find

Search a folder hierarchy for filename(s) that meet a desired criteria.

Syntax

     find [-H | -L | -P] [-EXdsx] [-f pathname] [pathname ...] expression

Options
     -E       Interpret regular expressions followed by -regex and -iregex
       options as extended (modern) regular expressions rather than
       basic regular expressions (BRE's).   The re_format(7) manual page
       fully describes both formats.

     -H       The -H option causes the file information and file type (see
       stat(2)) returned for each symbolic link specified on the command
       line to be those of the file referenced by the link, not the link
       itself.  If the referenced file does not exist, the file informa-
       tion and type will be for the link itself.   File information of
       all symbolic links not on the command line is that of the link
       itself.

     -L       The -L option causes the file information and file type (see
       stat(2)) returned for each symbolic link to be those of the file
       referenced by the link, not the link itself.  If the referenced
       file does not exist, the file information and type will be for
       the link itself.

     -P       The -P option causes the file information and file type (see
       stat(2)) returned for each symbolic link to be those of the link
       itself.  This is the default.

     -X       The -X option is a modification to permit find to be safely used
       in conjunction with xargs(1).  If a file name contains any of the
       delimiting characters used by xargs(1), a diagnostic message is
       displayed on standard error, and the file is skipped.  The delim-
       iting characters include single (` ' ') and double (` " ')
       quotes, backslash (`\'), space, tab and newline characters.

     -d       The -d option causes find to perform a depth-first traversal,
       i.e., directories are visited in post-order and all entries in a
       directory will be acted on before the directory itself.  By
       default, find visits directories in pre-order, i.e., before their
       contents.  Note, the default is not a breadth-first traversal.

     -f       The -f option specifies a file hierarchy for find to traverse.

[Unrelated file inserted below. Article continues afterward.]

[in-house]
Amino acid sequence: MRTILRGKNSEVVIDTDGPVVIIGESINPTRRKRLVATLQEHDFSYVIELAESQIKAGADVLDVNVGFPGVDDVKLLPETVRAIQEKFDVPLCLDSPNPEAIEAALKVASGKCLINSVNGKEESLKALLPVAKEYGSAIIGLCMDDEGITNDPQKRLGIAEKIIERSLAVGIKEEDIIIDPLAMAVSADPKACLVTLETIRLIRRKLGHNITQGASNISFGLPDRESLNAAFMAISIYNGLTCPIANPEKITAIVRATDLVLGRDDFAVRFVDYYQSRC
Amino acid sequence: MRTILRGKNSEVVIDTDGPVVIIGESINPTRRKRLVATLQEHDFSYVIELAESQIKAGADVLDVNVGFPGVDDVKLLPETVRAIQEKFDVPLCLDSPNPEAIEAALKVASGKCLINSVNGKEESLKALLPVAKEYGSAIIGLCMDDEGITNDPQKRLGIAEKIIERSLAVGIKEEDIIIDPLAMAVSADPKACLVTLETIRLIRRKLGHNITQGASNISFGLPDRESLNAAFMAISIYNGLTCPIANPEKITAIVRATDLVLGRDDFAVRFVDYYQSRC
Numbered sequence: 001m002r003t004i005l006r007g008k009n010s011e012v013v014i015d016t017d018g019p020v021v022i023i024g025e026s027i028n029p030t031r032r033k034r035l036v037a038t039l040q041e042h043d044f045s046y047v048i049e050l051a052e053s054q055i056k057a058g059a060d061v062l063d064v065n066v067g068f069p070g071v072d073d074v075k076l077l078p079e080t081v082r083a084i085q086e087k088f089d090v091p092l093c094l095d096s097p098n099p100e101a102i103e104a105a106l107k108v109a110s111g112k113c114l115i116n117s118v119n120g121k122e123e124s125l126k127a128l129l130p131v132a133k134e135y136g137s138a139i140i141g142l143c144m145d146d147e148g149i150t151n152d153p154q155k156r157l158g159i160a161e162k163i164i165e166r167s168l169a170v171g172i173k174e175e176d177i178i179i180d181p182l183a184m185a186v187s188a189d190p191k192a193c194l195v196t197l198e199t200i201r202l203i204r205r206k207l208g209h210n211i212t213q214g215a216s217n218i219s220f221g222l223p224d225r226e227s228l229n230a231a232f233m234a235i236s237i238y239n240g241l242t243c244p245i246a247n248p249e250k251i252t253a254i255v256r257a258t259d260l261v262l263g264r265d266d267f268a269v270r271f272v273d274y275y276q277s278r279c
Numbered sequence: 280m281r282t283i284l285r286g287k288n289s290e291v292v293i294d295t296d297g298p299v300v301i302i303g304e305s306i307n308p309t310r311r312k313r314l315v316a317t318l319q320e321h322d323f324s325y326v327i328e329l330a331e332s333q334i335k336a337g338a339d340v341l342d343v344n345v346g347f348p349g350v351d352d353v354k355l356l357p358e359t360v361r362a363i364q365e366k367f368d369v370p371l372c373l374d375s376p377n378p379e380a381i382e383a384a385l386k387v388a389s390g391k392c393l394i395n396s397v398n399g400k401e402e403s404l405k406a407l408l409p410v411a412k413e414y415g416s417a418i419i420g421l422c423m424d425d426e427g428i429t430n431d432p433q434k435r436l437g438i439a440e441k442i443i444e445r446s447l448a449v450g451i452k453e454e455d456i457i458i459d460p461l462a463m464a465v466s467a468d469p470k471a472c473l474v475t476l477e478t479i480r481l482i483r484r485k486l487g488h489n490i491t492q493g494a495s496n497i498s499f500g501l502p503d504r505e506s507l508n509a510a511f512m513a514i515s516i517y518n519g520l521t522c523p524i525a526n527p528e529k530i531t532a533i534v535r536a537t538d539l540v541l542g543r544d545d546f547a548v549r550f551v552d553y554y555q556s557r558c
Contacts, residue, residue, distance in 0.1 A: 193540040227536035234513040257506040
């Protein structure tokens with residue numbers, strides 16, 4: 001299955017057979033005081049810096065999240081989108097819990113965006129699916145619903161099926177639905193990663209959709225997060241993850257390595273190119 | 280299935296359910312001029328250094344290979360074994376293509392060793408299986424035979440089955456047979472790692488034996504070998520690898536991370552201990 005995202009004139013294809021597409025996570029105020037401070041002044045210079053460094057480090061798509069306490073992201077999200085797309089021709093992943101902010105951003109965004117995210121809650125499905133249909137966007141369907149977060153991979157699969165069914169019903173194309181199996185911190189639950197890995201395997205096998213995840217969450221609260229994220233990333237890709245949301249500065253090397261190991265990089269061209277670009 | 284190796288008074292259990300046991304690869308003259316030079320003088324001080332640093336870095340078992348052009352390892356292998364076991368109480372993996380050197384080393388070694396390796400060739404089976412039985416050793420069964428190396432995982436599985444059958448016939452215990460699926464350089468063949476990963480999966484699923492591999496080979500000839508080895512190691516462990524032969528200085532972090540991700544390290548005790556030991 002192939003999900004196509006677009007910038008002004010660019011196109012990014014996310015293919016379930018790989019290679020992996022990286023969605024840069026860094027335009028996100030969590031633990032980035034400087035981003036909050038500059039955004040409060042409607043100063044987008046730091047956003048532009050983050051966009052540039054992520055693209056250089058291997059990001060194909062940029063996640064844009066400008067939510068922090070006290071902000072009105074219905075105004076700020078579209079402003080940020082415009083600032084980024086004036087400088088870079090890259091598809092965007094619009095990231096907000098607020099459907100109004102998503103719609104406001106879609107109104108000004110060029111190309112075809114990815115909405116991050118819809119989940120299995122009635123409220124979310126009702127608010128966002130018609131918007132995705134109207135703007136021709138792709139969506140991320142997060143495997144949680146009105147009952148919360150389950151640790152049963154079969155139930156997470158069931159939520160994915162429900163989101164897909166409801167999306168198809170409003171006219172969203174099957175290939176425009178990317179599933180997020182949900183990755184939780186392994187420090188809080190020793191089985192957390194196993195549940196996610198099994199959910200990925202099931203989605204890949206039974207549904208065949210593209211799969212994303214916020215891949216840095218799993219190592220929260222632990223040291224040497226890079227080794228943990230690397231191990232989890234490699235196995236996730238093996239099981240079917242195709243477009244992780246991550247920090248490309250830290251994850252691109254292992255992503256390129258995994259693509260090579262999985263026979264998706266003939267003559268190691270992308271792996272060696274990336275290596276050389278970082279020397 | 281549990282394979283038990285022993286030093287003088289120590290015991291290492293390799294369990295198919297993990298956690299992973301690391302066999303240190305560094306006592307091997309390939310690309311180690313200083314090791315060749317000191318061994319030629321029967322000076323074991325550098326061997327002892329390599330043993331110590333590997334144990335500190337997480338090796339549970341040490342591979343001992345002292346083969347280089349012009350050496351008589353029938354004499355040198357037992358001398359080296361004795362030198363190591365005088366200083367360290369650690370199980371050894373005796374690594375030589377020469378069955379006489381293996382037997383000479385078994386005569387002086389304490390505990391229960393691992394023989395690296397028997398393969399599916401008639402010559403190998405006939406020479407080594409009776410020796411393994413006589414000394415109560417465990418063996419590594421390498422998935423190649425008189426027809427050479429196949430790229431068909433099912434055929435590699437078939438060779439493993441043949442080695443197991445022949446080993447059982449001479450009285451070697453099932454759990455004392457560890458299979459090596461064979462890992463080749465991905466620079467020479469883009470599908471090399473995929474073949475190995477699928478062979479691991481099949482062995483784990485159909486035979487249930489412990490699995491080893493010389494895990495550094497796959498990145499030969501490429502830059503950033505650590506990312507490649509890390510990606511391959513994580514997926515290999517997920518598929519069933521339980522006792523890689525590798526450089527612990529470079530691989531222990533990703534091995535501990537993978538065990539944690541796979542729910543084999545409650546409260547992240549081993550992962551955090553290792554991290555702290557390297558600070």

File hierarchies can also be specified as the operands immediately
       following the options.

     -s       The -s option causes find to traverse the file hierarchies in
       lexicographical order, i.e., alphabetical order within each
       directory.   Note: `find -s' and `find | sort' can give different
       results.

     -x       The -x option prevents find from descending into directories that
       have a device number different than that of the file from which
       the descent began.

PRIMARIES

     -amin n
       True if the difference between the file last access time and the
       time find was started, rounded up to the next full minute, is n
       minutes.

     -anewer file
       Same as -neweram.

     -atime n
       True if the difference between the file last access time and the
       time find was started, rounded up to the next full 24-hour
       period, is n 24-hour periods.

     -cmin n
       True if the difference between the time of last change of file
       status information and the time find was started, rounded up to
       the next full minute, is n minutes.

     -cnewer file
       Same as -newercm.

     -ctime n
       True if the difference between the time of last change of file
       status information and the time find was started, rounded up to
       the next full 24-hour period, is n 24-hour periods.

     -delete
       Delete found files and/or directories.  Always returns true.
       This executes from the current working directory as find recurses
       down the tree.  It will not attempt to delete a filename with a
       `/' character in its pathname relative to `.' for security
       reasons.  Depth-first traversal processing is implied by this
       option.

     -depth  Always true; same as the -d option.  -depth can be useful when
       find is used with cpio(1) to process files that are contained in